A Capable Wife: Couple’s Joint Decisions on Labor Supply and Family Chores

Published in Empirical Economics, 2017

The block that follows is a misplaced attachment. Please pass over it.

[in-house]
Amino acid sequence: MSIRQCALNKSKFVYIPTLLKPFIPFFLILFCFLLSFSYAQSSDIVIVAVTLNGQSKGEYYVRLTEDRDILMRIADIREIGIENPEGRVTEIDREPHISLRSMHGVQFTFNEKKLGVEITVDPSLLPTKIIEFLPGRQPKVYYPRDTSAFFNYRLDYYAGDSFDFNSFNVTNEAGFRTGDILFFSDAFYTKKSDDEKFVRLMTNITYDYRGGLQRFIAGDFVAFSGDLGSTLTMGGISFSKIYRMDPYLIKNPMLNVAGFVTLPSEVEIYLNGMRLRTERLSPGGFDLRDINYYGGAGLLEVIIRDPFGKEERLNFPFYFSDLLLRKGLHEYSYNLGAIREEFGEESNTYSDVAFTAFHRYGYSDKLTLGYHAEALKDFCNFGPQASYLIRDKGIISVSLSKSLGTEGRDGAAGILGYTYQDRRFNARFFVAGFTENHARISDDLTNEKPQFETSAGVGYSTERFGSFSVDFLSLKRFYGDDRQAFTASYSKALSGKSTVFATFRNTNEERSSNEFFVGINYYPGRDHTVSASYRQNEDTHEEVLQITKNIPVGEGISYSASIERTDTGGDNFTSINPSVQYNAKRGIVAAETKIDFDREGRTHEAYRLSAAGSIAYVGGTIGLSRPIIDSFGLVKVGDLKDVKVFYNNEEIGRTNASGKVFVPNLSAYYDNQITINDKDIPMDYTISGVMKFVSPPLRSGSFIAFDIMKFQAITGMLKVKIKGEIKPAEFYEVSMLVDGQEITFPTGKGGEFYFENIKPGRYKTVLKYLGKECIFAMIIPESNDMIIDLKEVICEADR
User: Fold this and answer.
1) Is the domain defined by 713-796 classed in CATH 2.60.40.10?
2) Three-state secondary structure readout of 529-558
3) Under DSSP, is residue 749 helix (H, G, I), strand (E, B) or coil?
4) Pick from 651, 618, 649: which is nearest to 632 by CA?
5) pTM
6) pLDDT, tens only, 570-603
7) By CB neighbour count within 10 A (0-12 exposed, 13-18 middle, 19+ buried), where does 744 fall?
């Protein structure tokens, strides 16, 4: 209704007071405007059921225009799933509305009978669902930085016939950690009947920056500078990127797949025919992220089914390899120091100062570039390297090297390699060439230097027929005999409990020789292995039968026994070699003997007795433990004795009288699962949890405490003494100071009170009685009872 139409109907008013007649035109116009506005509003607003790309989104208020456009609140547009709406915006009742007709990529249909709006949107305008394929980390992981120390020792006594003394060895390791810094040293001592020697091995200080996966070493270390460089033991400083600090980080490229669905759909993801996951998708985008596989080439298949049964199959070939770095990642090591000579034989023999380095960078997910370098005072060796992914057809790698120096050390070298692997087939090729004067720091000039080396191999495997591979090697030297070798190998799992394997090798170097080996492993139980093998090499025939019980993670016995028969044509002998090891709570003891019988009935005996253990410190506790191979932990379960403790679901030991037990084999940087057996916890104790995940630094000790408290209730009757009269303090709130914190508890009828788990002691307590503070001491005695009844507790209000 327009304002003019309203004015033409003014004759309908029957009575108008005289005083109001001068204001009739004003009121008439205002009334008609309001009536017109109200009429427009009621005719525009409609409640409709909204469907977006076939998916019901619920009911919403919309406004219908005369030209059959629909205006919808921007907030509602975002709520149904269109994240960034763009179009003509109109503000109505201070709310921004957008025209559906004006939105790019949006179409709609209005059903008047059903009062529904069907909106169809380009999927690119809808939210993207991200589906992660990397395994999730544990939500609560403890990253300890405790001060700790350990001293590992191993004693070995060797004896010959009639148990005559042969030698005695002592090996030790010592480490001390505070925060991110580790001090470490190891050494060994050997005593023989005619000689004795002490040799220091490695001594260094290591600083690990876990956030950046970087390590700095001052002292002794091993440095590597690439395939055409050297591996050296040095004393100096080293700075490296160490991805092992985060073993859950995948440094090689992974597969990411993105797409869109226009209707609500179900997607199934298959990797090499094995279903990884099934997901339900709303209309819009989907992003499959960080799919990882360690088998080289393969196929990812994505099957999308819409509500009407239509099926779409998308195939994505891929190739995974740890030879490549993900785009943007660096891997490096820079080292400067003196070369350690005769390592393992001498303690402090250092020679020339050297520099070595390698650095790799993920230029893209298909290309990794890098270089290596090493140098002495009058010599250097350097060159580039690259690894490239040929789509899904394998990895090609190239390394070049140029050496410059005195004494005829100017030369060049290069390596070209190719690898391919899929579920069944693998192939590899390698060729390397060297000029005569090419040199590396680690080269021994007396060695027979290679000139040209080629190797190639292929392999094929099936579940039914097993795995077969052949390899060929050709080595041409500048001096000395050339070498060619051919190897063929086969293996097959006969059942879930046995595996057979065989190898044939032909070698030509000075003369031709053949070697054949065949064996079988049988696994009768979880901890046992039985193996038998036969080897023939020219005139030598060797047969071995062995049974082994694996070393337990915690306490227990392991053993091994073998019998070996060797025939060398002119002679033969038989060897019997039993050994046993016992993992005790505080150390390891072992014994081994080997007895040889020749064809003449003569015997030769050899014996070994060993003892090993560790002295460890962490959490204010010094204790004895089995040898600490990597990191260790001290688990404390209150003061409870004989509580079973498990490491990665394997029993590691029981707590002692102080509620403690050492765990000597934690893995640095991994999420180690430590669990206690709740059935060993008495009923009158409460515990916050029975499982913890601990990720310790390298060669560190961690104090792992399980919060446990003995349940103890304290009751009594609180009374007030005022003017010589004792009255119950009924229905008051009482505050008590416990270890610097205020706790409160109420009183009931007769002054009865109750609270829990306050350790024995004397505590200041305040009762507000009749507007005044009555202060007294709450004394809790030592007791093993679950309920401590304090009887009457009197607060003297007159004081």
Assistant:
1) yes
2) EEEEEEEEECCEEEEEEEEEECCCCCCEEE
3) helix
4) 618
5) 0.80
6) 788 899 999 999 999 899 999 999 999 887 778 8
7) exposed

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This study investigates how spousal employment status affects personal employment decisions and the division of family chores. We apply Bresnahan and Reiss (J Econom 48(1):57–81, 1991) empirical cooperative game model to estimate household aggregate preference for a dual-earner family, extending their model to identify the individual preferences of husbands and wives by using the share of family chores as an empirical proxy for individual indirect disutilities. Using data from Taiwan, we show that an average household in the sample does not prefer a dual-earner family. The estimates of individual preferences indicate that this aversion comes mainly from the husbands. These results suggest that the gender gap in labor force participation and earnings has reduced at a faster rate than the social norm change toward the role of women in Taiwan.